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Issue:ISSN 2095-1353
           CN 11-6020/Q
Director:Chinese Academy of Sciences
Sponsored by:Chinese Society of Entomological;institute of zoology, chinese academy of sciences;
Address:Chaoyang District No. 1 Beichen West Road, No. 5 hospital,Beijing City,100101, China
Your Position :Home->Past Journals Catalog->2021年58 No.4

Visual and olfactory responses of foraging Papilio memnon
Author of the article:LIU Jie LI Ming-Tao CHEN Shun-An SHI Lei CHEN Xiao-Ming
Author's Workplace:Key Laboratory of Cultivating and Utilization of Resources Insects of State Forestry Administration, Research Institute of Resources Insects, Chinese Academy of Forestry, Kunming 650224, China; Nanjing Forestry University, Nanjing 210037, China
Key Words:Papilio memnon; visual; olfactory; colors; floral volatiles; electroantennogram; behavioral responses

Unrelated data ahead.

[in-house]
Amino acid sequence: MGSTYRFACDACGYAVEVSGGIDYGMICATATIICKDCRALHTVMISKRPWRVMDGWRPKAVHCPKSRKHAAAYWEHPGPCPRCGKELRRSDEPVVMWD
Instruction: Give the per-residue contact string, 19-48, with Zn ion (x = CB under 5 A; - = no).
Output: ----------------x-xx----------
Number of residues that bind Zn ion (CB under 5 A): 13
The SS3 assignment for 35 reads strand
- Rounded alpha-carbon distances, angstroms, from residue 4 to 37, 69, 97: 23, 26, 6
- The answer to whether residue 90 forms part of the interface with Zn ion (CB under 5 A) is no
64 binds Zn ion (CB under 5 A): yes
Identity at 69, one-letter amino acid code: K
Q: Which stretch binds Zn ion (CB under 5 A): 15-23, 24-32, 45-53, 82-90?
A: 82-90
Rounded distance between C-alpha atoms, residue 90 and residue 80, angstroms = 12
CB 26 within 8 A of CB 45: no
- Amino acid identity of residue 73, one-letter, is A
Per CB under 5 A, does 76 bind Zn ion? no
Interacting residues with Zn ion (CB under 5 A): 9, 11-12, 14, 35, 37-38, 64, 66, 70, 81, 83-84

[Objectives]  To investigate the use of visual and olfactory information during foraging by the butterfly Papilio memnon. [Methods]  The cues used by P. memnon to locate food plants were investigated using different colored artificial flowers and artificial flowers sprayed with honey water. In addition, the antennal responses of P. memnon to floral volatiles were measured with an Electroantennogram (EAG), and significant responses to specific volatiles were later verified in behavioral trials. [Results]  When given a choice between 7 colours of odorless, artificial flowers butterflies displayed an obvious preference for blue (440-475 nm), purple (380-420 nm) and red (615-630 nm), flowers. The application of 10% honey solution to these flowers resulted in a 1.85-fold increase in the mating frequency of female and male butterflies. Butterflies did not respond to a single odor (honey, benzyl, alcohol or benzaldehyde). However, the application of honey to artificial blue flowers was followed by a 27.4 fold increase in the chasing frequency of adults, and the application of benzyl alcohol and benzaldehyde increased the number of visits to these flowers by 52.59 and 75.80 fold, respectively. Compared to color, color plus honey solution increased the number of visits by 1.41 times, whereas the use of benzyl alcohol and benzaldehyde increased the visitation rate by 2.67 and 2.16 times, respectively. Females were more responsive than males to both color and volatile compounds (P<0.05). [Conclusion]  Color is the main factor influencing the foraging activity of P. memnon. Single odors have a limited effect, olfaction playing a secondary, but complementary, role to vision. Females have better color and odor recognition than males, which may be related to their reproductive role.
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